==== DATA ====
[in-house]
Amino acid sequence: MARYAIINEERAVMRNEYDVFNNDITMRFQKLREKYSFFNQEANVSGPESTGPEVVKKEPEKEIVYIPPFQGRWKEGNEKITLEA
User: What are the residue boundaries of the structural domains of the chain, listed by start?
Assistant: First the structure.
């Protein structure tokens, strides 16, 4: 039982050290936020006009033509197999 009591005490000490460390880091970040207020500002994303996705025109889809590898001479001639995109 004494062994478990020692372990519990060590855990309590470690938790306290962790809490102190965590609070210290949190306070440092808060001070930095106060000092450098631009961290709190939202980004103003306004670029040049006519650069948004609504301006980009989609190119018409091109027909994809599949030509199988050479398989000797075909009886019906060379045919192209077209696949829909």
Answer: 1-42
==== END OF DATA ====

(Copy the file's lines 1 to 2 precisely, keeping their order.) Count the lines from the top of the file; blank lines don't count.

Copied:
[in-house]
Amino acid sequence: MARYAIINEERAVMRNEYDVFNNDITMRFQKLREKYSFFNQEANVSGPESTGPEVVKKEPEKEIVYIPPFQGRWKEGNEKITLEA